The Cairngorms are a range of mountains in the far eastern are of the Scottish Highlands. There are no direct access routes through the Cairngorms. All roads either give access to the mountain range or allow access around them. This shows how isolated the region is. In the past people have been said to be able to travel through the Cairngorms using the traditional passages through the mountains of Lairig Ghru and Lairig Laoigh. Or they can pass around them by following the traditional paths of Glen Dee - Glen Feshie and Bealach Dearg.
The Cairngorms boats five of the six highest peaks in Scotland. Ben Macdhui, Braeriach, Cairn Toul, Sgor an Lochain Uaine and Cairn Gorm itself all grace the area but Ben Nevis is the exception that lies elsewhere.
Wildlife is rife within the national park and the Caledonian Forest is a prominent part of the park. The park offers a moorland habitat and in doing so attracts animals such as Golden Eagles, Snowy Owls and Black Grouse. Pine Martins, Wild Cats and Otters are also prevalent within the park and the only herd of Reindeer within the United Kingdom can be found.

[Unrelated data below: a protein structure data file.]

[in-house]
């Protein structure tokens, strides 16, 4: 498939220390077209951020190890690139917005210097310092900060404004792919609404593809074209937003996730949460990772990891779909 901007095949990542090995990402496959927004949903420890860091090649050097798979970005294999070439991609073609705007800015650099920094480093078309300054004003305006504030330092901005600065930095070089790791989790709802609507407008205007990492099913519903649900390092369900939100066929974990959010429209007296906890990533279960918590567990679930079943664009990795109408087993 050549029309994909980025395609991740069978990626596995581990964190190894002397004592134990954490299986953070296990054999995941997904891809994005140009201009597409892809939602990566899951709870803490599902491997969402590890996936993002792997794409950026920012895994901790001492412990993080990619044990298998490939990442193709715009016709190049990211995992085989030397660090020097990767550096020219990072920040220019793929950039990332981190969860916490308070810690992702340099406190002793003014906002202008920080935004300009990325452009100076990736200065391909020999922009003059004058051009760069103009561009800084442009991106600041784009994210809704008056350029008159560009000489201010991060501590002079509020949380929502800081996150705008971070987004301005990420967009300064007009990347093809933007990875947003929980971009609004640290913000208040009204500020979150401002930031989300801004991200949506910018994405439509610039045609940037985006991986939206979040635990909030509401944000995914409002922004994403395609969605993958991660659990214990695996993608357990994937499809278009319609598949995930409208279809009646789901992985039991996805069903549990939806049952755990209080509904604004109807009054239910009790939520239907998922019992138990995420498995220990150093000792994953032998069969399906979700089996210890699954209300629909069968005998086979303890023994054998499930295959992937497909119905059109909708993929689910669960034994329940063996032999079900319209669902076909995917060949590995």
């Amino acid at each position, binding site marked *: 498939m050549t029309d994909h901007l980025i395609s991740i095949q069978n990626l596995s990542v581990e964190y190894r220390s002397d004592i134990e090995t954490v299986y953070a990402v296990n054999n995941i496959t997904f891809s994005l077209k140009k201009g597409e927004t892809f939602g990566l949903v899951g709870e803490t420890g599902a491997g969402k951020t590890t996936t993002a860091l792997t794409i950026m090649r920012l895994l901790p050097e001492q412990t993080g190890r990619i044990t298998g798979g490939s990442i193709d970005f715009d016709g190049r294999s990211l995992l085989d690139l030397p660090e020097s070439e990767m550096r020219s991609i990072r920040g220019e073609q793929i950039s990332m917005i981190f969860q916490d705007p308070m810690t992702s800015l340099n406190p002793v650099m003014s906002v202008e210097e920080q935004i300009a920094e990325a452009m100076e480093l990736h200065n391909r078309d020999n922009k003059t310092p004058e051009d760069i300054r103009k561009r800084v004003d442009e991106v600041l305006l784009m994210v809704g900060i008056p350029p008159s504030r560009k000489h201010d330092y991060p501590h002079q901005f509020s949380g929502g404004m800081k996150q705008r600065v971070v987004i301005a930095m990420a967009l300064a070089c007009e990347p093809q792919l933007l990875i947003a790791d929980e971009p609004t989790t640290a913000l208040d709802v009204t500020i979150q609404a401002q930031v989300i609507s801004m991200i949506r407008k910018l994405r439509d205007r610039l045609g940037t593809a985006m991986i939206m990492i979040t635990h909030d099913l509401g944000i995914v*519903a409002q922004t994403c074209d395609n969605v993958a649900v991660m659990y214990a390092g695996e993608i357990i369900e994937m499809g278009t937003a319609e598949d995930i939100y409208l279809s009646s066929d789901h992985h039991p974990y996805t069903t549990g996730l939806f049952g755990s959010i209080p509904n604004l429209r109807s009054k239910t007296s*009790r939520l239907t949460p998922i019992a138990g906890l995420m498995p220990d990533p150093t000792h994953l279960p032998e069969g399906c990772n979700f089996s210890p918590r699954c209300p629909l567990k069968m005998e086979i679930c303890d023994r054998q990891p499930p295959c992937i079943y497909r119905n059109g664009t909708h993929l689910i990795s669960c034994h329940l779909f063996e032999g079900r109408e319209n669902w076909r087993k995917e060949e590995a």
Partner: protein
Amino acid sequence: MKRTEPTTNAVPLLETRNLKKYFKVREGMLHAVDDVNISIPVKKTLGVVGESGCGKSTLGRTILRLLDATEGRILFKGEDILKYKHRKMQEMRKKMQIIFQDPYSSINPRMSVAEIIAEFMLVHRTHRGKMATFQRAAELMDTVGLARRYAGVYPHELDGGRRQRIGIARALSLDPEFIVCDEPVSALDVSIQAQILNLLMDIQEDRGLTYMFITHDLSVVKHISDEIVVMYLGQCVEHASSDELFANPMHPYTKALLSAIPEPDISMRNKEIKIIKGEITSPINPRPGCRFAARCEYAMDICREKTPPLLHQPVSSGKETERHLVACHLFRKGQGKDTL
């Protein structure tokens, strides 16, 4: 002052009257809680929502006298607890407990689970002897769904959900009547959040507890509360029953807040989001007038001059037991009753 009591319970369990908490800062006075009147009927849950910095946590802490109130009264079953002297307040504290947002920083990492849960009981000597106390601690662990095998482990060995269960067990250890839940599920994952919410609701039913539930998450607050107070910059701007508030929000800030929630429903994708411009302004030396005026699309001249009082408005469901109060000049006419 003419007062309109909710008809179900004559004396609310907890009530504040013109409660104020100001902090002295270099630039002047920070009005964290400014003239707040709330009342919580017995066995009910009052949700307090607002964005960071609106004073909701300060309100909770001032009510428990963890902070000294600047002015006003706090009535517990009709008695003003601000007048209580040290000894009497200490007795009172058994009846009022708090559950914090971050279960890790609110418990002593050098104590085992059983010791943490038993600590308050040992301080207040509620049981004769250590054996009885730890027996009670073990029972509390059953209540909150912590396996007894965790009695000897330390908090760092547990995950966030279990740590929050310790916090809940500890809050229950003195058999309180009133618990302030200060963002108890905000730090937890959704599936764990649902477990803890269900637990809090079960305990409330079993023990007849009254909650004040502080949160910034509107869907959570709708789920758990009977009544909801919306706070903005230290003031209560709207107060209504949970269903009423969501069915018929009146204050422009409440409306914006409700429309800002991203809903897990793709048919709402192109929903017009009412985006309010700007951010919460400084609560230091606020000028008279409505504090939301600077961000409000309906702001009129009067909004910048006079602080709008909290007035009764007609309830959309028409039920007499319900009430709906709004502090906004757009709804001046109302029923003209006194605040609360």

Due to the national park's northern position, a winter sports industry is thriving. There are three of Scotland's winter sports venues situated within the park boundaries. Cairn Gorm Ski Centre, The Lecht Ski Centre and Glenshee Ski Centre offer a variety of recreations and attractions that will appeal to anyone with an interest in the winter sports.
The views on offer are also spectacular and the terrain provides some amazing walks, bird-spotting, fly fishing and gliding. The most notorious ice climb in the world, The Hurting, is also located in the Cairngorms which make it a challenging and attractive proposition to anyone with an interest in climbing.
There aren't many urban settlements around the region with the majority of towns and villages containing no more than a couple of thousand people each in an area of Britain that is very sparsely populated.